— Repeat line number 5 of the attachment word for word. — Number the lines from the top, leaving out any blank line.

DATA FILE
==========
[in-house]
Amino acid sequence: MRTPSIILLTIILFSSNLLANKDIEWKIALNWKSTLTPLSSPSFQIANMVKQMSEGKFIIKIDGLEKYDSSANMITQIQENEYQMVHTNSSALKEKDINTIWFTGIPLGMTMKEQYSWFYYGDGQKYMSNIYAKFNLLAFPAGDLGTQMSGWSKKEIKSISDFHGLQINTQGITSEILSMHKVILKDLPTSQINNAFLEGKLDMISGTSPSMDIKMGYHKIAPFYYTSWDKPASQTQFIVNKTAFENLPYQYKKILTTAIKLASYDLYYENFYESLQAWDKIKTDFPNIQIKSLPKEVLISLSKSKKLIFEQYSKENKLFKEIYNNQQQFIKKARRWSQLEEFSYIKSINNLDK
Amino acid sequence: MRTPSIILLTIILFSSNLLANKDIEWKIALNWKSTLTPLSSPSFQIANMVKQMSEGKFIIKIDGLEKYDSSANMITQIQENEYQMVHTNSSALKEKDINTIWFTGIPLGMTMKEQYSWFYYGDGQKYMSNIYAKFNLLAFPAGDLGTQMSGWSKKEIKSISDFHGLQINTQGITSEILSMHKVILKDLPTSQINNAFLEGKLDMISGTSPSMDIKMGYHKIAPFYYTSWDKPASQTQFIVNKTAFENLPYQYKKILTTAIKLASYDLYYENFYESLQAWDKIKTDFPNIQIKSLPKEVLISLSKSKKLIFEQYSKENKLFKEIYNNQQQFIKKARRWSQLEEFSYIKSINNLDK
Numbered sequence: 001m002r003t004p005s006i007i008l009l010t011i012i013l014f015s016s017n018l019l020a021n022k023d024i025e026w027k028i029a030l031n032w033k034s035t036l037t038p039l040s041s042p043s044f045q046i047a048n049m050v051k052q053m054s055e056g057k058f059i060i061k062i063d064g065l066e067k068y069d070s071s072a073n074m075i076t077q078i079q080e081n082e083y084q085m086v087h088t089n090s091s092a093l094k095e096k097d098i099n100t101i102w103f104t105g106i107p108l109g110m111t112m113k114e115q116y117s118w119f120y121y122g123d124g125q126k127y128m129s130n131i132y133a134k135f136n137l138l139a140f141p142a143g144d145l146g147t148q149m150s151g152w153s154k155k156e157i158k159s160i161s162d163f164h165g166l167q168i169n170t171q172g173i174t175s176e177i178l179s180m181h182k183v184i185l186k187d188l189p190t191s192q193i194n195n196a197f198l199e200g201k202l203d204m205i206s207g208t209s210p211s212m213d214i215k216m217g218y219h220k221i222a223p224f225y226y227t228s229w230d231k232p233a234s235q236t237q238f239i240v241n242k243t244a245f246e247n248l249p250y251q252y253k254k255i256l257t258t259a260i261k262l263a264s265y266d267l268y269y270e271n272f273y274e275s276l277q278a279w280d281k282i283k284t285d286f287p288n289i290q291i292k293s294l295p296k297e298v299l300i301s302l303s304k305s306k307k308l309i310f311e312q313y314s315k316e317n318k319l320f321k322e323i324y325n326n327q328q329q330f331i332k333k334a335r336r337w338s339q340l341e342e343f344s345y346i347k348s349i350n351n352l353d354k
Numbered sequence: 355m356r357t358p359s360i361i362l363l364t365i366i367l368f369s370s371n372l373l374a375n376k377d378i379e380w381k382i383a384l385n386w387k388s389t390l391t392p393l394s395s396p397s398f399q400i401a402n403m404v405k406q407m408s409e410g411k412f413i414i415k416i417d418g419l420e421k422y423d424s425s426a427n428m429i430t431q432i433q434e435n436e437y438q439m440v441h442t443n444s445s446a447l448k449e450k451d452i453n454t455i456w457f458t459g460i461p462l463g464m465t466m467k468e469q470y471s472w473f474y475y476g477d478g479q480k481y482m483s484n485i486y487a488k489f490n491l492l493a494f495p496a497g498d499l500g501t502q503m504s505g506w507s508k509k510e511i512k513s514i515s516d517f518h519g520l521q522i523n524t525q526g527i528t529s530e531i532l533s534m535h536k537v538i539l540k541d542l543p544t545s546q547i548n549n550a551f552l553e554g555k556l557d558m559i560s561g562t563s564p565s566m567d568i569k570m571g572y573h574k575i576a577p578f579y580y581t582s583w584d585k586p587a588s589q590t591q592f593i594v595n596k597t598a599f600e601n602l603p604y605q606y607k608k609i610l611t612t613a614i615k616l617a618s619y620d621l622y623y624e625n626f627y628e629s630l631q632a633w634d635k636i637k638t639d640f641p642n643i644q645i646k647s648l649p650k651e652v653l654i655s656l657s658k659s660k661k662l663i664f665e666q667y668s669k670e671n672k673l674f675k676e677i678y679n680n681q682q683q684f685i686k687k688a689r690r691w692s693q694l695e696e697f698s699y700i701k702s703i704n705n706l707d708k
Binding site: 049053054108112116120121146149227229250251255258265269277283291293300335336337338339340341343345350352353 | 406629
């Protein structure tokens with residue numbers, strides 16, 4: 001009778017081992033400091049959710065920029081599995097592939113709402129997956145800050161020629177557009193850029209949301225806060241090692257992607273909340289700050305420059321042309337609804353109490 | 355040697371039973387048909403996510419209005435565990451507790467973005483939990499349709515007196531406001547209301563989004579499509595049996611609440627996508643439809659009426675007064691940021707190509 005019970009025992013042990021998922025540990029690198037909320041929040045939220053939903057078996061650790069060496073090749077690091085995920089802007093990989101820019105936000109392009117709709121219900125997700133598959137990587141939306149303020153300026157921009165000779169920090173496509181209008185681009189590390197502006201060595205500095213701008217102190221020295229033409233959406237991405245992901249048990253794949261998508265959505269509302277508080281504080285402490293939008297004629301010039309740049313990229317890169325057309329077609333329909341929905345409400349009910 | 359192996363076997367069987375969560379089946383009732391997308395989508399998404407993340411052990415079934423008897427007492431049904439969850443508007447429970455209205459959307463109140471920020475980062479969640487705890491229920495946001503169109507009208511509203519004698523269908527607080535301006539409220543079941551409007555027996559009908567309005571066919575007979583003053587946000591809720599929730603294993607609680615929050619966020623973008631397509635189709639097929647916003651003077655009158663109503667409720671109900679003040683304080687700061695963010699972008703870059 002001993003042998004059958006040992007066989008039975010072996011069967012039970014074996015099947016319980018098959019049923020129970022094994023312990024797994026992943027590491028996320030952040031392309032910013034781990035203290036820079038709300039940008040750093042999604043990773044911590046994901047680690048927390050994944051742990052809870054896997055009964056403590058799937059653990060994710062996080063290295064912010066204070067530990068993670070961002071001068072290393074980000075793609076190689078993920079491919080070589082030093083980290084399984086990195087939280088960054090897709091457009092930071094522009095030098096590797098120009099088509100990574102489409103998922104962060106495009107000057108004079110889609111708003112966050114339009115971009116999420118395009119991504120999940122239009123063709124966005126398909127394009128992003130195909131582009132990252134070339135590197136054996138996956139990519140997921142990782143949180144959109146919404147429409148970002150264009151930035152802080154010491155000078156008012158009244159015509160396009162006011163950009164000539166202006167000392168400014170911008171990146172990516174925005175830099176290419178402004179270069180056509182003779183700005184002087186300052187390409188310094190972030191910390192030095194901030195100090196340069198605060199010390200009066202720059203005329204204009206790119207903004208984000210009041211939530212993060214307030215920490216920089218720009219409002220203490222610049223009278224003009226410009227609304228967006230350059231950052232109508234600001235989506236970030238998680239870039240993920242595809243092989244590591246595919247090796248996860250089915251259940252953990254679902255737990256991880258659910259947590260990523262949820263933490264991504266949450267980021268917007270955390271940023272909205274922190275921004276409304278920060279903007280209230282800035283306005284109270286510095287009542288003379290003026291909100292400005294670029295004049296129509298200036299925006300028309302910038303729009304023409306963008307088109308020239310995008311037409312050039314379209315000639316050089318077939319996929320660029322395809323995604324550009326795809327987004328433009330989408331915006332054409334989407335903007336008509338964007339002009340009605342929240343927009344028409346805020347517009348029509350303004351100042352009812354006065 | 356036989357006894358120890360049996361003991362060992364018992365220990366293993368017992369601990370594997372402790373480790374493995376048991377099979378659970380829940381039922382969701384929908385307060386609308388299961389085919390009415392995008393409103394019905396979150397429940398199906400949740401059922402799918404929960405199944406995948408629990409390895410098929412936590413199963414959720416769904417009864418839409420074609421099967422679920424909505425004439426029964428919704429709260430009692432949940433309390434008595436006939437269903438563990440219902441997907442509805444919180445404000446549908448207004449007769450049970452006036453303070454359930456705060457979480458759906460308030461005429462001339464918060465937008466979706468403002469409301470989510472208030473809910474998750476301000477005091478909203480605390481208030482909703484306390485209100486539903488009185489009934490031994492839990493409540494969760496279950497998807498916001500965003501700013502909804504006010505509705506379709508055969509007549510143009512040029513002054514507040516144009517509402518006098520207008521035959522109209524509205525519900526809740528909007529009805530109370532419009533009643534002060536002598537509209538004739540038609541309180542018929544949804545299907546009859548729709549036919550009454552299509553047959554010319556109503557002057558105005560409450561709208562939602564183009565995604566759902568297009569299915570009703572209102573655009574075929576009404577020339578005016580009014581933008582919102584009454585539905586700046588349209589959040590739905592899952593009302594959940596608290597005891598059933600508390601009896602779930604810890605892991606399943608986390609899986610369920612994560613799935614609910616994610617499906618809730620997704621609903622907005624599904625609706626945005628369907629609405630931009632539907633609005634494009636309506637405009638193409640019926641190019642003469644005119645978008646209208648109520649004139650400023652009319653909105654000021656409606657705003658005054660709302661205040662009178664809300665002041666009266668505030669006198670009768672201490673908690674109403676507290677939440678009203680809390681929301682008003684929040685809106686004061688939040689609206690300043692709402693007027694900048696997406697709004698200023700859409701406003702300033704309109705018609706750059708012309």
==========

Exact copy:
Numbered sequence: 355m356r357t358p359s360i361i362l363l364t365i366i367l368f369s370s371n372l373l374a375n376k377d378i379e380w381k382i383a384l385n386w387k388s389t390l391t392p393l394s395s396p397s398f399q400i401a402n403m404v405k406q407m408s409e410g411k412f413i414i415k416i417d418g419l420e421k422y423d424s425s426a427n428m429i430t431q432i433q434e435n436e437y438q439m440v441h442t443n444s445s446a447l448k449e450k451d452i453n454t455i456w457f458t459g460i461p462l463g464m465t466m467k468e469q470y471s472w473f474y475y476g477d478g479q480k481y482m483s484n485i486y487a488k489f490n491l492l493a494f495p496a497g498d499l500g501t502q503m504s505g506w507s508k509k510e511i512k513s514i515s516d517f518h519g520l521q522i523n524t525q526g527i528t529s530e531i532l533s534m535h536k537v538i539l540k541d542l543p544t545s546q547i548n549n550a551f552l553e554g555k556l557d558m559i560s561g562t563s564p565s566m567d568i569k570m571g572y573h574k575i576a577p578f579y580y581t582s583w584d585k586p587a588s589q590t591q592f593i594v595n596k597t598a599f600e601n602l603p604y605q606y607k608k609i610l611t612t613a614i615k616l617a618s619y620d621l622y623y624e625n626f627y628e629s630l631q632a633w634d635k636i637k638t639d640f641p642n643i644q645i646k647s648l649p650k651e652v653l654i655s656l657s658k659s660k661k662l663i664f665e666q667y668s669k670e671n672k673l674f675k676e677i678y679n680n681q682q683q684f685i686k687k688a689r690r691w692s693q694l695e696e697f698s699y700i701k702s703i704n705n706l707d708k